At the time of writing, each of these was subject to an adverse report from the examiner. Applications for two other composite marks (application numbers 1328809 and 1329024) filed on 29 October 2009, have since lapsed following initial adverse reports.
Mambo v Mabo: What’s in a name? (via Brisbane Times, 28 July 2011)
An application for the above composite mark was filed on 30 June 2010 (trademark application no 1369692) by Mahalingham Joseph Mabo, a Palm Island artist, and accepted for registration on 3 October 2010.
Mambo then filed a notice of opposition on the basis that the word “Mabo” used in the mark was deceptively similar to the word “Mambo”, particularly since the application included claims for beachwear and surfwear.
The opposition has since been withdrawn, but the claims under the Mabo mark still include beachwear and surfwear.
In the meantime, the new Mabo brand got some publicity (and sympathy, if the reader’s comments are anything to go by) when this opposition was first reported.
One notable comment on this article warned Mabo to think twice about using the brand, not because it would deceive anyone, but because people would think it was “a Mambo rip off from China, bought in Thailand”.
It looks like the Mabo mark pictured, featuring a feathered headdress around a shark’s jaw, will be able to be used to brand designs by indigenous artists on Palm Island into the future, with the trademark since having been entered on the register on 9 December 2011, effective from 30 June 2010.
Speedo in fight with ‘bisexual blogger’
Still in the area of clothing, on 21 September 2011, the Sydney Morning Herald reported that Flick J of the Federal Court in Sydney granted an
application by SPEEDO Holdings BV and SPEEDO International Ltd deeming that Dave Evans, the “Aussie Speedo guy” and self-described
“bisexual blogger”, had been effectively served with court documents by email.
Speedo has been trying to disassociate itself from salacious websites operated by Mr Evans who owned several domain names that included the word “speedo”,11 and went on to obtain wide-ranging orders against Mr Evans on 3 November last year in proceedings in which Mr Evans did not appear, either himself or by a legal representative, or file a defence.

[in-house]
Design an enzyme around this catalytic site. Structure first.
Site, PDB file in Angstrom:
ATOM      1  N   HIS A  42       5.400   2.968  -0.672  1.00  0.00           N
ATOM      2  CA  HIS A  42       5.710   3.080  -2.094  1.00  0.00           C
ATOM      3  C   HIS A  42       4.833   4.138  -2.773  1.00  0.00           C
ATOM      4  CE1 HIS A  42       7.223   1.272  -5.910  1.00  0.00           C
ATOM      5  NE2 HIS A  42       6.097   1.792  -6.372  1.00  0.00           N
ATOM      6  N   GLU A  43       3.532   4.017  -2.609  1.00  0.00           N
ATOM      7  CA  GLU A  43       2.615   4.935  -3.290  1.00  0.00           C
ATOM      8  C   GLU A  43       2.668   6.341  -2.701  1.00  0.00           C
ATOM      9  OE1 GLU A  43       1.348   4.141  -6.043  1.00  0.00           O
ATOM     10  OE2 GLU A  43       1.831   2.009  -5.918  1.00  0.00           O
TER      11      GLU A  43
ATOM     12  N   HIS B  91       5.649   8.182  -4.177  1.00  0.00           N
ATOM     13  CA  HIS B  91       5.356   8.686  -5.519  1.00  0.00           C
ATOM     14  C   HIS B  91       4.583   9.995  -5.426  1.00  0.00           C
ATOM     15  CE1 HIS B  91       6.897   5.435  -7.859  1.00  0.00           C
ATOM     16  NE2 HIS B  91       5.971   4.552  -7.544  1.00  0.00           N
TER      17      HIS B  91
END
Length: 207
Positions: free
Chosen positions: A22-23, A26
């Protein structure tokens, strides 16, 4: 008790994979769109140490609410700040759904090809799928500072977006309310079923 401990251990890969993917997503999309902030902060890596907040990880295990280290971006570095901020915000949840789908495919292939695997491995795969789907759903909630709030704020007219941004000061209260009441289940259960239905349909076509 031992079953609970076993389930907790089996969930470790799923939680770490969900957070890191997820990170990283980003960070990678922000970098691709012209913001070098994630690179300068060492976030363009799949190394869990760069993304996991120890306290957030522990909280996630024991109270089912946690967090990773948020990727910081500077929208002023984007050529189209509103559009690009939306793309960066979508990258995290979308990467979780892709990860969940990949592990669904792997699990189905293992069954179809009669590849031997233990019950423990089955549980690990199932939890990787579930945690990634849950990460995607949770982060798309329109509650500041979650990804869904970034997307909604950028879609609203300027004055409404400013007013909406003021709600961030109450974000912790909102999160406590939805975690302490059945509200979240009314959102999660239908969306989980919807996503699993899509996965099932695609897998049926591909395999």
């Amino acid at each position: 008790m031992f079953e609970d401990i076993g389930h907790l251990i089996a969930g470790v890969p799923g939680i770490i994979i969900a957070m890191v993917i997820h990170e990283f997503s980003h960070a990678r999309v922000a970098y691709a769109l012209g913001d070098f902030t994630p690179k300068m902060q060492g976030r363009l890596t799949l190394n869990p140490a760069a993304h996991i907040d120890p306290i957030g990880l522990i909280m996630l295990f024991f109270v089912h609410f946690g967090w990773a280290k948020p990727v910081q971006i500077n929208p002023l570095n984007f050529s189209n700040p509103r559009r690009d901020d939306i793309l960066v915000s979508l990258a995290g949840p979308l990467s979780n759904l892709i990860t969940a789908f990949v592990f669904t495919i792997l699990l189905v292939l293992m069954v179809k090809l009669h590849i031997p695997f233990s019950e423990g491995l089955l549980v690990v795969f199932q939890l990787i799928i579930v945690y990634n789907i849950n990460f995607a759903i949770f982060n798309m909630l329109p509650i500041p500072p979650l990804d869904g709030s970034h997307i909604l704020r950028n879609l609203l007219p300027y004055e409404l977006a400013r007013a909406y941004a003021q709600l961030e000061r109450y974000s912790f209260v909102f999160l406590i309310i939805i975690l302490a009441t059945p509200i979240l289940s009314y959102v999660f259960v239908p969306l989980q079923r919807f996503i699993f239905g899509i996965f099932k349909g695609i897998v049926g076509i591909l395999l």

Speedo sought orders, amongst other things, that Evans transfer all such domain names to it and be restrained from registering any such names in the future. The orders were sought and obtained on the grounds of misleading and deceptive conduct and trademark infringement.
However, Mr Evans’ site, which now appears to operate at a domain name called www.aussiegayguy.com and contains, amongst other things, x-rated images of people wearing speedos, unfortunately tops the list of search results when the search for “speedo and gay” is performed and the headline of the search result pointing to that website is still “Aussie Speedo Guy”!
In other words, Speedo has been able to stop Mr Evans from using its trademark as part of his domain names but not from describing himself as the “Aussie Speedo Guy” and featuring people wearing Speedos in the pictures on his blog.
To make matters worse Mr Evans appears to be merely one of many, if the Google search results of the search “speedo and gay” is anything to go by! At least Evans’ site no longer comes up in the “speedo” search hits list as it was before the action was brought.
This article was first published in the Lexis Nexis Australian Intellectual Property Law Bulletin April 2012 Volume 24 No 9